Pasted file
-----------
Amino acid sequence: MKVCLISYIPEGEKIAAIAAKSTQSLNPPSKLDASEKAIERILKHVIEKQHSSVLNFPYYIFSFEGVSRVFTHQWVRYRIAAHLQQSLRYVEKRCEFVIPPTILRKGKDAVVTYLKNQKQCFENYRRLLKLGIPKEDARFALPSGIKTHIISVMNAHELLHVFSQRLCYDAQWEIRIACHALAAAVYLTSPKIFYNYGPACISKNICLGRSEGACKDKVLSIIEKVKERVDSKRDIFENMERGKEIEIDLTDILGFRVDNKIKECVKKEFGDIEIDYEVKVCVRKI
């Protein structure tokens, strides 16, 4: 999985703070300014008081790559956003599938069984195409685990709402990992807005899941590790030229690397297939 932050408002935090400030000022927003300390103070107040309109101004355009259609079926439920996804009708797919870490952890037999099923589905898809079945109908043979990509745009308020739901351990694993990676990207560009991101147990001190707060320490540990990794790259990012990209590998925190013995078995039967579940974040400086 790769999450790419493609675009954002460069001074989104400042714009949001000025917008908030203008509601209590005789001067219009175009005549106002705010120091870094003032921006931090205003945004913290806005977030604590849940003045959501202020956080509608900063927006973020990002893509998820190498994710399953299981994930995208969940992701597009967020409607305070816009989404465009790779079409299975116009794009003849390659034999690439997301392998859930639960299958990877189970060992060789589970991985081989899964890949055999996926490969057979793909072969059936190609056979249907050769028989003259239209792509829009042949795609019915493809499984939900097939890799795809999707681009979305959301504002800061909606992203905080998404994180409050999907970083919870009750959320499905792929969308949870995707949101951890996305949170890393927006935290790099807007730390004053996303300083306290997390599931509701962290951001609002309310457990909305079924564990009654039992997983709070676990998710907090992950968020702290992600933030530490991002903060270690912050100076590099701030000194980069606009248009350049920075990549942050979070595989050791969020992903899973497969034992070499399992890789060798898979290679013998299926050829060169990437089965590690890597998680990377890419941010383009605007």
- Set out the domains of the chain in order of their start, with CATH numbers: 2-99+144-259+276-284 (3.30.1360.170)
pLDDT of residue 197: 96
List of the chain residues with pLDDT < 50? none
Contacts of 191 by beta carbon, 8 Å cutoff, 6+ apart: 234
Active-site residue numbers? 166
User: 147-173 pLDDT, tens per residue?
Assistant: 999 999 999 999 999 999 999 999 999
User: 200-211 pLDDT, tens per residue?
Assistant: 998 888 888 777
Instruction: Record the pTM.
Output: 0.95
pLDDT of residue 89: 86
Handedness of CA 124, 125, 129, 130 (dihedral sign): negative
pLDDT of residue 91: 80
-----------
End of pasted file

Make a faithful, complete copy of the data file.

Amino acid sequence: MKVCLISYIPEGEKIAAIAAKSTQSLNPPSKLDASEKAIERILKHVIEKQHSSVLNFPYYIFSFEGVSRVFTHQWVRYRIAAHLQQSLRYVEKRCEFVIPPTILRKGKDAVVTYLKNQKQCFENYRRLLKLGIPKEDARFALPSGIKTHIISVMNAHELLHVFSQRLCYDAQWEIRIACHALAAAVYLTSPKIFYNYGPACISKNICLGRSEGACKDKVLSIIEKVKERVDSKRDIFENMERGKEIEIDLTDILGFRVDNKIKECVKKEFGDIEIDYEVKVCVRKI
């Protein structure tokens, strides 16, 4: 999985703070300014008081790559956003599938069984195409685990709402990992807005899941590790030229690397297939 932050408002935090400030000022927003300390103070107040309109101004355009259609079926439920996804009708797919870490952890037999099923589905898809079945109908043979990509745009308020739901351990694993990676990207560009991101147990001190707060320490540990990794790259990012990209590998925190013995078995039967579940974040400086 790769999450790419493609675009954002460069001074989104400042714009949001000025917008908030203008509601209590005789001067219009175009005549106002705010120091870094003032921006931090205003945004913290806005977030604590849940003045959501202020956080509608900063927006973020990002893509998820190498994710399953299981994930995208969940992701597009967020409607305070816009989404465009790779079409299975116009794009003849390659034999690439997301392998859930639960299958990877189970060992060789589970991985081989899964890949055999996926490969057979793909072969059936190609056979249907050769028989003259239209792509829009042949795609019915493809499984939900097939890799795809999707681009979305959301504002800061909606992203905080998404994180409050999907970083919870009750959320499905792929969308949870995707949101951890996305949170890393927006935290790099807007730390004053996303300083306290997390599931509701962290951001609002309310457990909305079924564990009654039992997983709070676990998710907090992950968020702290992600933030530490991002903060270690912050100076590099701030000194980069606009248009350049920075990549942050979070595989050791969020992903899973497969034992070499399992890789060798898979290679013998299926050829060169990437089965590690890597998680990377890419941010383009605007």
- Set out the domains of the chain in order of their start, with CATH numbers: 2-99+144-259+276-284 (3.30.1360.170)
pLDDT of residue 197: 96
List of the chain residues with pLDDT < 50? none
Contacts of 191 by beta carbon, 8 Å cutoff, 6+ apart: 234
Active-site residue numbers? 166
User: 147-173 pLDDT, tens per residue?
Assistant: 999 999 999 999 999 999 999 999 999
User: 200-211 pLDDT, tens per residue?
Assistant: 998 888 888 777
Instruction: Record the pTM.
Output: 0.95
pLDDT of residue 89: 86
Handedness of CA 124, 125, 129, 130 (dihedral sign): negative
pLDDT of residue 91: 80